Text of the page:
G.R. No. 192353. March 15, 2017 (Case Brief / Digest)

**Title:** Coombs vs. Castañeda, et al. – Annulling a Court Decision due to Lack of Jurisdiction

This case involves Mercedita C. Coombs, who petitioned for the annulment of a Regional Trial Court (RTC) decision dated August 26, 2004, which declared the lost owner’s duplicate copy of Transfer Certificate of Title (TCT) 6715 as null and void and ordered the issuance of a new TCT in its stead. Coombs discovered in March 2005 that her property in Ayala Alabang, Muntinlupa City, was no longer registered under her name but under Virgilio Veloso Santos, who subsequently sold it to the Leviste spouses. The property was mortgaged to BPI Family Savings Bank. Coombs claimed the TCT was never lost and was in her possession, alleging that the RTC had no jurisdiction over the matter. The Court of Appeals dismissed Coombs’s petition for annulment of judgment citing procedural grounds.

1. Whether the Court of Appeals erred in dismissing Coombs’s petition for annulment of judgment on the grounds that it was not sufficiently substantiated and lacked the necessary procedural requirements.
2. Whether the RTC had jurisdiction over the case in light of the assertion that the TCT was never lost.

**Court’s Decision:**
The Supreme Court ruled in favor of Coombs, setting aside the resolutions of the Court of Appeals and directing it to reinstate and proceed with the Petition for Annulment of Judgment. The Court found that:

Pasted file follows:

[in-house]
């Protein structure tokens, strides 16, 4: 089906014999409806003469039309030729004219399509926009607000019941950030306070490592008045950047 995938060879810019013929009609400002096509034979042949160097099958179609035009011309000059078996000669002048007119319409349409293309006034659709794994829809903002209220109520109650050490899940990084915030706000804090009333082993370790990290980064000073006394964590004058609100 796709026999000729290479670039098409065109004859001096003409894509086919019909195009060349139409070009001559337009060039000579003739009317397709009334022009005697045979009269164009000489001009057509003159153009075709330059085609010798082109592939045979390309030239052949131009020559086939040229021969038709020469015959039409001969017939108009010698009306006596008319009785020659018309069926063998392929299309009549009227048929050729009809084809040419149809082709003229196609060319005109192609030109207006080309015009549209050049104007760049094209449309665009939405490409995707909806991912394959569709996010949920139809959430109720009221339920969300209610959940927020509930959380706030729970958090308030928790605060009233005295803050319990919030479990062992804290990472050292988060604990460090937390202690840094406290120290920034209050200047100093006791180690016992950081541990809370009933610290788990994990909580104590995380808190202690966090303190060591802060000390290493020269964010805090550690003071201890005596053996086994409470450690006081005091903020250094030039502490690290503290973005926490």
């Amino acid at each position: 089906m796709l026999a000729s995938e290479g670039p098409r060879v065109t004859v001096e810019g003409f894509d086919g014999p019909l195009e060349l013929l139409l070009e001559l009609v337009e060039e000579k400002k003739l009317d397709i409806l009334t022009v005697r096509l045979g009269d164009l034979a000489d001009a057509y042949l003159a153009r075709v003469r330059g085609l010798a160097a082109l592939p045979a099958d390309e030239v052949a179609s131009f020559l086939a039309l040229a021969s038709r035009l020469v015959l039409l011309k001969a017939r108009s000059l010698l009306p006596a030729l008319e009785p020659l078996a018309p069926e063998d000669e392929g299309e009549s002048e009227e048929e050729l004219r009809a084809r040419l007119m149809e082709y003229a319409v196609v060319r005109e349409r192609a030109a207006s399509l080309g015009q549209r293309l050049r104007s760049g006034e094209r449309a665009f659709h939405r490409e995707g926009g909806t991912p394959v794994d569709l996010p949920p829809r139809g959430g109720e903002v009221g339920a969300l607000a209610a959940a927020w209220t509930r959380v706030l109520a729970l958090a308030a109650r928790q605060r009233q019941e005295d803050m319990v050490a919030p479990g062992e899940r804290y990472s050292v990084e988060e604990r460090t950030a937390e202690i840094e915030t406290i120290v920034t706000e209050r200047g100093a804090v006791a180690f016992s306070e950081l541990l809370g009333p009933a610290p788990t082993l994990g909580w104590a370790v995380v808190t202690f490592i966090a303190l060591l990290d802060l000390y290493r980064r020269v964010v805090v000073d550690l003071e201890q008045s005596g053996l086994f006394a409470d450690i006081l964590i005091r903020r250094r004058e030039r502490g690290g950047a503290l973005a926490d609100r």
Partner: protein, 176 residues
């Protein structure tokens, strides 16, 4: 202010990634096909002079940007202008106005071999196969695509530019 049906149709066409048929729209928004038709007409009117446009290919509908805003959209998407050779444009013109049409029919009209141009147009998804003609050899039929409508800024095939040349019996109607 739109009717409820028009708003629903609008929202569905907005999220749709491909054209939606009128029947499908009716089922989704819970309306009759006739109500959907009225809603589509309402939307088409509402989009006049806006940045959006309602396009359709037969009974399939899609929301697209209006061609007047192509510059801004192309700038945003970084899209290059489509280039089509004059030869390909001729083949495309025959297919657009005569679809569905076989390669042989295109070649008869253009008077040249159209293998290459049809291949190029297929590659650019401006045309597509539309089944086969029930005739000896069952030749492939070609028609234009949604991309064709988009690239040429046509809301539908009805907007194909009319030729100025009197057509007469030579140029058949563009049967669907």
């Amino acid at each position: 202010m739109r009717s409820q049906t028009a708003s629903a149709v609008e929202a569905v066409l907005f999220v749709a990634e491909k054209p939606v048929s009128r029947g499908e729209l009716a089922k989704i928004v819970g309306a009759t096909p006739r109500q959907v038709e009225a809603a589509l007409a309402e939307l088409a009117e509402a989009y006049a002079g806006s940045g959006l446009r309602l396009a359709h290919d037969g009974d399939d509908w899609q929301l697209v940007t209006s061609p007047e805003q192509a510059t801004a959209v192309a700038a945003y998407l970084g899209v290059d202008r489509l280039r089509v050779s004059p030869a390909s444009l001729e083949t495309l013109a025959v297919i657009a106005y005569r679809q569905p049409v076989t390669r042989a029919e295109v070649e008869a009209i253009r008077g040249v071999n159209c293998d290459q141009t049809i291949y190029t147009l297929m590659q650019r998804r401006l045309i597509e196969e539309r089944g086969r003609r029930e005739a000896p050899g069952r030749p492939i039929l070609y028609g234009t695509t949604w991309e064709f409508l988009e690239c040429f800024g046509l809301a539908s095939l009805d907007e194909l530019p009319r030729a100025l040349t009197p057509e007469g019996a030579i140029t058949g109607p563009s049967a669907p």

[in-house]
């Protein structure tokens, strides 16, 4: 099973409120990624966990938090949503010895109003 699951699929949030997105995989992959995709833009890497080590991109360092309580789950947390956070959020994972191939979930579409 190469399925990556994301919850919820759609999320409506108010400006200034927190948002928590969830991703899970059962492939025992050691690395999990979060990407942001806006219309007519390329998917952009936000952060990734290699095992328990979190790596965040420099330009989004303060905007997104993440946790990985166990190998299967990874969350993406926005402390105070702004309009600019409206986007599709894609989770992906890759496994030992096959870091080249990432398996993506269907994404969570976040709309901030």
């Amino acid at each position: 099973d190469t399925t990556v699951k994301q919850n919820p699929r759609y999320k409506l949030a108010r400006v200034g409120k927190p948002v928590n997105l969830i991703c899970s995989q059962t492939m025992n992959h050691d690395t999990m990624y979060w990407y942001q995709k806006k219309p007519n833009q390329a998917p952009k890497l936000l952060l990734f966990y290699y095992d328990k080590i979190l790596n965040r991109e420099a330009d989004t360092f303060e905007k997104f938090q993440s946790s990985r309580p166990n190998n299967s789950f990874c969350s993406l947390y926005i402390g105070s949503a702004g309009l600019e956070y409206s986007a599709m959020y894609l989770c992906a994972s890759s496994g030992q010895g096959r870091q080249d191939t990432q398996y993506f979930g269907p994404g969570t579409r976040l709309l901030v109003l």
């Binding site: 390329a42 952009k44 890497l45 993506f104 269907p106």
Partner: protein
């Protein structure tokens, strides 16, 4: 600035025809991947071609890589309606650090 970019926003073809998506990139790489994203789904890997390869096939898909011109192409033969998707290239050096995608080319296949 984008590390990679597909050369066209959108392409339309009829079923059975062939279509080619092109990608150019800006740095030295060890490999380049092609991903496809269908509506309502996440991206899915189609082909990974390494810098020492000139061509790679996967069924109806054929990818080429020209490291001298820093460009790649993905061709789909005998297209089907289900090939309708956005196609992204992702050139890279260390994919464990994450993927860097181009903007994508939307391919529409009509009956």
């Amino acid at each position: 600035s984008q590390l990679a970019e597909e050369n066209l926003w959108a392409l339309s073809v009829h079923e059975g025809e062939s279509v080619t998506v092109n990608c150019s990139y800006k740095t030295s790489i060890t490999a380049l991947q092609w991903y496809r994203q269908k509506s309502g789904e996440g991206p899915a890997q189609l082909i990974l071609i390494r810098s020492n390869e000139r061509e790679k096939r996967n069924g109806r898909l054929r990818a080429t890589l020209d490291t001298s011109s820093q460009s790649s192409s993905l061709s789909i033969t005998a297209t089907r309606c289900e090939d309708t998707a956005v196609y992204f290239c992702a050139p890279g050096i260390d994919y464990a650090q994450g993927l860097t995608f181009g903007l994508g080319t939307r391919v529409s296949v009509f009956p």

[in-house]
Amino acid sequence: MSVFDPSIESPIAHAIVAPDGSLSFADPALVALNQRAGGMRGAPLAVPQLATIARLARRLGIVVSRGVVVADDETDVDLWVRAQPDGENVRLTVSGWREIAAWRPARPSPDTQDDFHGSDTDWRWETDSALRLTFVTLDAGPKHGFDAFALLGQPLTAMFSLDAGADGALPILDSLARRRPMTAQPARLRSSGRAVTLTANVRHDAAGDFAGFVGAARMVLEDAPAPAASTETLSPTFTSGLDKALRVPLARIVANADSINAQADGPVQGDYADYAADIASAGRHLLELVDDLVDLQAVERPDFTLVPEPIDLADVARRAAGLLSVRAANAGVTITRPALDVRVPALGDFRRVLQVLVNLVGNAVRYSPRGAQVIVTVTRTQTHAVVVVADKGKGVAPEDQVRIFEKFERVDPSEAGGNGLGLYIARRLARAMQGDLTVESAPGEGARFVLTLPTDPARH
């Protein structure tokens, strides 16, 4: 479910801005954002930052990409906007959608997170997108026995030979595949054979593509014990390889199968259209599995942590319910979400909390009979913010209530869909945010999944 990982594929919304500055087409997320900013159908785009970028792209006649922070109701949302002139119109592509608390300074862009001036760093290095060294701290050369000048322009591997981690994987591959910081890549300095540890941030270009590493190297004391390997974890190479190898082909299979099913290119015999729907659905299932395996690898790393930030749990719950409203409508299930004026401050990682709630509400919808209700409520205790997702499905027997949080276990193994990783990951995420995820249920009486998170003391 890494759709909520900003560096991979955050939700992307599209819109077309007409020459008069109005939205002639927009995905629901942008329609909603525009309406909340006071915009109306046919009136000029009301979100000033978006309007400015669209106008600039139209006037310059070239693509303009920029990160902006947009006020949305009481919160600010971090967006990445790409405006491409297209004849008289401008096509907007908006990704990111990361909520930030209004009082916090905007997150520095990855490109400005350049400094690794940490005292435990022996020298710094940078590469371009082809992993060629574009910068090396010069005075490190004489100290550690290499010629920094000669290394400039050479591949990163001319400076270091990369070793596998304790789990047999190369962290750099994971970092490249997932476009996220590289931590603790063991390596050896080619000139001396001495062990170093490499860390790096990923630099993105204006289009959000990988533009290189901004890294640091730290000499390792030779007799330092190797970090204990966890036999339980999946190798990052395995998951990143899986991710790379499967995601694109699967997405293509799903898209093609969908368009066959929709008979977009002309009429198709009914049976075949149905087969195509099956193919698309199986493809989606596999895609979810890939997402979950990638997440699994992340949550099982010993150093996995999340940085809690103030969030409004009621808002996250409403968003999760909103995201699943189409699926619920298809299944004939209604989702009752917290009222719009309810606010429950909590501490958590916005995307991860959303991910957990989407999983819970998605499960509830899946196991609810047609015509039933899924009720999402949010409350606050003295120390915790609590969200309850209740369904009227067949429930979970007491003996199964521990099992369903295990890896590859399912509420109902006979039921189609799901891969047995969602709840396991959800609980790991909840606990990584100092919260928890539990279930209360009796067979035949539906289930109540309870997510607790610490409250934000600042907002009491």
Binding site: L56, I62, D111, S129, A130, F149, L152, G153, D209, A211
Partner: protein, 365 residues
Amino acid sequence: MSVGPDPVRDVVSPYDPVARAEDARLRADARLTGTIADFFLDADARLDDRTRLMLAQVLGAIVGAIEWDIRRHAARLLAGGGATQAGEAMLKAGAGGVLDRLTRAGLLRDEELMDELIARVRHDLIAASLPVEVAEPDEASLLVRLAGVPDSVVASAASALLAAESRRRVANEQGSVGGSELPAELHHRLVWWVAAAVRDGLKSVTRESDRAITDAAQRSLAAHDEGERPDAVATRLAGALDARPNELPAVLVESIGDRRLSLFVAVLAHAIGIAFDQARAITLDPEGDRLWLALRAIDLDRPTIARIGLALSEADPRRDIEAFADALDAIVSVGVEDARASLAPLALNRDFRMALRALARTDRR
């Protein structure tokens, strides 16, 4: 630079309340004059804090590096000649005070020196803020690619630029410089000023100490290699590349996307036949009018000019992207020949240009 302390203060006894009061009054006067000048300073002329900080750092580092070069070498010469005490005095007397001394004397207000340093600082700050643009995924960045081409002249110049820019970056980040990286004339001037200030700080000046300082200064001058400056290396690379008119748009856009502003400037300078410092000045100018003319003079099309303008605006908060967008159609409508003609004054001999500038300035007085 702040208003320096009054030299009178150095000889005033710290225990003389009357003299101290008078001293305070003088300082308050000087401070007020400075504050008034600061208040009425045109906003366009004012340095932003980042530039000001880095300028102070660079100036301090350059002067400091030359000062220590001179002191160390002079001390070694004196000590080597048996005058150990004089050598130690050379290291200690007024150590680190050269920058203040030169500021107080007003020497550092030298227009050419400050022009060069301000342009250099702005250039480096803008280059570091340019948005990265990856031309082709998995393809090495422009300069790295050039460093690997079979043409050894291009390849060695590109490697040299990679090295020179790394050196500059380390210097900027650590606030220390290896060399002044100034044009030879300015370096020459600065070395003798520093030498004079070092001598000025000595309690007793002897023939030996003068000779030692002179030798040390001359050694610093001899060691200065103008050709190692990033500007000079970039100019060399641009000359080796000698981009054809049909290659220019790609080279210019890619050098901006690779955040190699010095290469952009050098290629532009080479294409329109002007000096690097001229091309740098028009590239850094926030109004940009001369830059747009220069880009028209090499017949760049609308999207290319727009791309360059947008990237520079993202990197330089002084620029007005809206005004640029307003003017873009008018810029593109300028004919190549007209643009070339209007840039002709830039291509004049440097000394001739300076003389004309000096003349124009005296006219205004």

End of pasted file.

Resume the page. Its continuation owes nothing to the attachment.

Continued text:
– The petition was indeed grounded on lack of jurisdiction, not extrinsic fraud as initially dismissed by the Court of Appeals.
– The factual assertion that the TCT was never lost, but always in Coombs’s possession, if upheld, would mean the RTC originally did not have jurisdiction, making any decisions on the matter void.

The Court reiterated the doctrine that jurisdiction over the nature of the action or the subject matter is conferred by law and that a judgment rendered without jurisdiction is void. The fact of the loss of a duplicate certificate being jurisdictional was highlighted, emphasizing that a court cannot have jurisdiction over a case involving a certificate of title that was alleged to have been lost but was, in fact, in the possession of another person.

**Class Notes:**
– Jurisdiction is conferred by law and is fundamental to any legal proceeding.
– A judgment rendered without jurisdiction over the subject matter is void.
– The requirements for filing a petition for annulment of judgment include a clear demonstration of the grounds whether lack of jurisdiction or extrinsic fraud.
– Procedural lapses, like the failure to include certain documents or affidavits, should not automatically lead to the dismissal of a petition that otherwise shows prima facie merit.
– Legal provisions relevant to this case include Sections 1 and 2, Rule 47 of the Revised Rules of Court concerning annulment of judgments.

**Historical Background:**
The case illustrates the critical importance of jurisdiction in legal proceedings and the proper procedures for contesting judgments that may have been rendered without jurisdiction. It underscores the Philippine legal system’s safeguards against errors in the administration of justice, particularly in cases involving land registration and property rights.


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